This isn’t the first time that data from long ago have run against current recommendations. In 2013, an analysis was published of recovered data from the Sydney Diet Heart Study, a randomized controlled trial of a similar nature performed in men with a recent heart attack or angina. Although the study was done from 1966 to 1973, results weren’t available publicly until three years ago. It, too, found that a diet higher in unsaturated fats led to a higher rate of death from heart disease.
Why wasn’t this research published decades ago? It’s possible that modern computer technology allows us to do analyses that couldn’t be performed then. It’s possible that researchers tried, but were unable to get the results published.
But it’s also possible that these results were marginalized because they didn’t fit with what was considered to be “truth” at the time. The two principal investigators on the Minnesota study were Ivan Frantz and Ancel Keys, the latter of whom may be the most influential scientist in promoting saturated fat as the enemy of heart health. (Mr. Keys died in 2004.)
I’m not suggesting anything sinister. I’m sure that both these scientists absolutely believed that their prior epidemiologic work established that diets lower in saturated fat led to lower cholesterol levels and better health. Research consistently confirmed the former. When that lower cholesterol didn’t translate into actual outcomes like lower mortality, though, they must have been baffled.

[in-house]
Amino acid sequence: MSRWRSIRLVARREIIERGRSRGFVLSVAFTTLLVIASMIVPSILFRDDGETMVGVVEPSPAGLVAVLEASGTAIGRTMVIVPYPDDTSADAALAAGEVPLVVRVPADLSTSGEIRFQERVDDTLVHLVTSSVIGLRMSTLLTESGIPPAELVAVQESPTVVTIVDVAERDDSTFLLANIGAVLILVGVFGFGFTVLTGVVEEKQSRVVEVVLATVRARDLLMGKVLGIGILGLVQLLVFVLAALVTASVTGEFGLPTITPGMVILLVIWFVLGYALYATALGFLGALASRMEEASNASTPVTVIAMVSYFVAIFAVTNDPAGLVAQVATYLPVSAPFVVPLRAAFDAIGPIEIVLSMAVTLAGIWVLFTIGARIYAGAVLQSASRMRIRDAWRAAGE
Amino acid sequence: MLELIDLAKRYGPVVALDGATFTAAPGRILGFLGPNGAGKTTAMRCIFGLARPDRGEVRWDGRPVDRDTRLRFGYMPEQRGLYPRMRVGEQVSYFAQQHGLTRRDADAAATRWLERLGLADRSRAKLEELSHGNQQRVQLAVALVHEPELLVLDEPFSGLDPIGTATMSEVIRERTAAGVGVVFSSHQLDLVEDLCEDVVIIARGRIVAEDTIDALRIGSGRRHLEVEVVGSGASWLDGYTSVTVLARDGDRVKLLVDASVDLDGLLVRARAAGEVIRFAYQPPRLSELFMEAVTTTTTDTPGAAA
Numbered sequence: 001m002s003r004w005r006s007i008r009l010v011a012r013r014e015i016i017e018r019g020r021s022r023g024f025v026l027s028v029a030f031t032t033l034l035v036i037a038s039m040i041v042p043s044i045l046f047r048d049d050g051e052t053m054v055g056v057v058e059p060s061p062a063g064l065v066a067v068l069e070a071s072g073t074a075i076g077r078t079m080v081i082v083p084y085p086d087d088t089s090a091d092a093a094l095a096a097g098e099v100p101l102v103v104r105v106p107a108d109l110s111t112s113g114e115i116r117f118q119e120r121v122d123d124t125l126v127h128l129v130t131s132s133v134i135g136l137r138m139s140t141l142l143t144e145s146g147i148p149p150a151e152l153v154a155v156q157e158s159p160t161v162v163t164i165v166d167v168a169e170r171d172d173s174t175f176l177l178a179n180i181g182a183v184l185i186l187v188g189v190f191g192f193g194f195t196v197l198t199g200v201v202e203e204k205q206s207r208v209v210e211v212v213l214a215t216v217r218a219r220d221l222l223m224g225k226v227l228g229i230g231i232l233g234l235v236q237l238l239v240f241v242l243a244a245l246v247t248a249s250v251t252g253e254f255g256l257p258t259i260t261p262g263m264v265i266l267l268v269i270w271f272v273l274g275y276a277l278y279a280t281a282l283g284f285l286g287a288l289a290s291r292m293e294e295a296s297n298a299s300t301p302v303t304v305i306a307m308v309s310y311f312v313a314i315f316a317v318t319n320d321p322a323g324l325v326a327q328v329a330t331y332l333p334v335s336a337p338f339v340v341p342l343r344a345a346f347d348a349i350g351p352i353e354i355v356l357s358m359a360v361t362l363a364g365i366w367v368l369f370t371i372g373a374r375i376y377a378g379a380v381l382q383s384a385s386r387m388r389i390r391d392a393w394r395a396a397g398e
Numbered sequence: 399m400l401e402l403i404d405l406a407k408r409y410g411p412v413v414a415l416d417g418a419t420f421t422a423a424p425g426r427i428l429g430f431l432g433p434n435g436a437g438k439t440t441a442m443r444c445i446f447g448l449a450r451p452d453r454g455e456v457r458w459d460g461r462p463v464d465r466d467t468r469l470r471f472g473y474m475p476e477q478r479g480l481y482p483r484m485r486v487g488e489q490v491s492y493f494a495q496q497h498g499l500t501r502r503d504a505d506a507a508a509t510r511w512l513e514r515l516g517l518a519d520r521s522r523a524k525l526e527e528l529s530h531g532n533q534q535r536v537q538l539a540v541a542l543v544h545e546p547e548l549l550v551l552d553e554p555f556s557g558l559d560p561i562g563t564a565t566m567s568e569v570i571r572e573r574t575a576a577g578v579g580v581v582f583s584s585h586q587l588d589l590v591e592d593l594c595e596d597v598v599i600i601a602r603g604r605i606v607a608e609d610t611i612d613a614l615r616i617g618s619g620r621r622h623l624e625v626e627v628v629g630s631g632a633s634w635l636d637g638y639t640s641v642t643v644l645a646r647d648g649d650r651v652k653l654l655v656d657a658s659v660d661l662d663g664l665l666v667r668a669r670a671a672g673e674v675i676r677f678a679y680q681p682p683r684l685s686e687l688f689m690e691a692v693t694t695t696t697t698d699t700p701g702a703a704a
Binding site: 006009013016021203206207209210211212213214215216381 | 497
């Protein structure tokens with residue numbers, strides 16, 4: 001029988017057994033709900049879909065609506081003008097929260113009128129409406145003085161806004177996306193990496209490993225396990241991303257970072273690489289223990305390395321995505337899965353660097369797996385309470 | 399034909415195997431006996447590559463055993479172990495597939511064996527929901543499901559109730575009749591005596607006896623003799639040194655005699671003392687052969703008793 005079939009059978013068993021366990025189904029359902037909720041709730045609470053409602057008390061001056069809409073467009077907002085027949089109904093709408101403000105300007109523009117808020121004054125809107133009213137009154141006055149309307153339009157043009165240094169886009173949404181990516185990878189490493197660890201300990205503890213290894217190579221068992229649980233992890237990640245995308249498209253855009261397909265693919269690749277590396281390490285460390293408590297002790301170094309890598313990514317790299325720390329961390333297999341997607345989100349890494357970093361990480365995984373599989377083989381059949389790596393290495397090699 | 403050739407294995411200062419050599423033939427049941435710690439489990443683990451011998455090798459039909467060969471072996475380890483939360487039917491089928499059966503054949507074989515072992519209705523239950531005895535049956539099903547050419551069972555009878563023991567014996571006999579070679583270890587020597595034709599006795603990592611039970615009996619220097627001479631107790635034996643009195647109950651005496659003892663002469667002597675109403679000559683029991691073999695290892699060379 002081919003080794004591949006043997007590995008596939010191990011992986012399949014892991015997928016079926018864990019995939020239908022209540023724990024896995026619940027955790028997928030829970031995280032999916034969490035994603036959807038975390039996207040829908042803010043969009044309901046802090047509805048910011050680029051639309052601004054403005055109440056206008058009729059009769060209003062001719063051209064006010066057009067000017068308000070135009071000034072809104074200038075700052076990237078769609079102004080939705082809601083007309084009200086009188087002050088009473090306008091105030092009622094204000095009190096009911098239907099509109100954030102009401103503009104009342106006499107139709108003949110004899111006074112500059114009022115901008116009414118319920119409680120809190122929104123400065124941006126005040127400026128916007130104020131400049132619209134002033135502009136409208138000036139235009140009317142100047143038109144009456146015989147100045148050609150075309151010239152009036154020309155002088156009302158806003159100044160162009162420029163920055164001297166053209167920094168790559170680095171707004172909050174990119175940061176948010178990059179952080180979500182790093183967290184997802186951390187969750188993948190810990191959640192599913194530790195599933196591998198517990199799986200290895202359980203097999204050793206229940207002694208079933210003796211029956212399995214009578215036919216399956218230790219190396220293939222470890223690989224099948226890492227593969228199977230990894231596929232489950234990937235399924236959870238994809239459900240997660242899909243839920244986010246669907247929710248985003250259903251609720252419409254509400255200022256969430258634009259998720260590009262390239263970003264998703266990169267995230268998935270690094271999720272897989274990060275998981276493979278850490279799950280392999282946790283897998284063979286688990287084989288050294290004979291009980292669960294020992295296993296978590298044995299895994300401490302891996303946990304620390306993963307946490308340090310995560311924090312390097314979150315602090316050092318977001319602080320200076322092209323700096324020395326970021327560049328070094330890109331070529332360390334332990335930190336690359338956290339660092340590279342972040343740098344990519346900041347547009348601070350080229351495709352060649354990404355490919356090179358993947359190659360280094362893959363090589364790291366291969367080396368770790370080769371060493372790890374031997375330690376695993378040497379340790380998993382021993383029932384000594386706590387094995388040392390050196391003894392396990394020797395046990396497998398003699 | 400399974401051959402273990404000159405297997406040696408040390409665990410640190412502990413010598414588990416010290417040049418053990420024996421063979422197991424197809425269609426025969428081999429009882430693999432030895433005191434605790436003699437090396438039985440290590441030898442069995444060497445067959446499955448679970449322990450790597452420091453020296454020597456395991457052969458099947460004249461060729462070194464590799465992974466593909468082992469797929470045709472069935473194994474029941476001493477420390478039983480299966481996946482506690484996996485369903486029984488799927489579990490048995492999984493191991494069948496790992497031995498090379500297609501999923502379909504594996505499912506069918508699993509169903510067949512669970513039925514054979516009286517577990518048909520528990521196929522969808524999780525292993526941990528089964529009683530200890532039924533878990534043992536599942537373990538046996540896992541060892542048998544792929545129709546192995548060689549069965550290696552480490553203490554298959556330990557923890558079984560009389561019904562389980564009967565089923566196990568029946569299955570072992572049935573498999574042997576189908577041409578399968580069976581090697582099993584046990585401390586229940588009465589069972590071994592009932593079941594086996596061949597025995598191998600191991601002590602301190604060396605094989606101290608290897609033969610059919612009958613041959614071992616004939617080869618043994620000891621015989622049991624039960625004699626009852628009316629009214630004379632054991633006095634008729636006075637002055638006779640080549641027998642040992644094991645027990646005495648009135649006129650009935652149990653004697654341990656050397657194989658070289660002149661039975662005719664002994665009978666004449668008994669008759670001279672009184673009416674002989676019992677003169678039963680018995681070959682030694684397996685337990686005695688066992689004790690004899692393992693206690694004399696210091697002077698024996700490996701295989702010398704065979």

Like others today, they may have been able to rationalize the result away and decide that it “has no relevance.” Unfortunately, other, similar controlled trials seem to support the notion that the case against saturated fat isn’t as robust as many think.
It is widely accepted that diets rich in polyunsaturated fats protect against heart disease. Recently, the Global Burden of Disease team reported that each year insufficient intake of omega-6 polyunsaturated fats, the most common subgroup of polyunsaturated fats, results in over 700 000 deaths from coronary heart disease.1 Or does it? A linked study by Ramsden and colleagues (doi:10.1136/bmj.i1246) adds to the doubts around the health benefits of replacing saturated fat with polyunsaturated fats.2
This new study re-examines recovered data from a double blind randomised controlled trial that took place 45 years ago. The Minnesota Coronary Experiment (MCE) followed 9423 participants from state mental hospitals and a nursing home for 4.5 years. The trial tested whether replacement of saturated fat with vegetable oil rich in linoleic acid (an omega-6 polyunsaturated fat) reduces the risk of coronary heart disease and death through a reduction in serum cholesterol concentration.
As expected, the diet enriched with linoleic acid lowered serum cholesterol concentration. But it did not reduce mortality: in fact participants in the intervention group had a higher mortality than controls. The pooled results of the MCE and four similar trials failed to find any reduction in mortality from coronary heart disease.3 4 5 6
These unexpected results proved difficult to stomach for researchers at the time. The trial ended in 1973, but it took until 1989 for the results to be published.7 The authors reported no differences between the treatment and control groups for cardiovascular events, cardiovascular deaths, or total mortality, but immediately added that “a favorable trend for all these end-points occurred in some younger age groups.” In contrast, Ramsden and colleagues now suggest the possibility of increased risk of death in older adults among the participants given more linoleic acid.2 The findings of the two teams of authors do not differ fundamentally, but their interpretation does.
Fat is not Bad part 3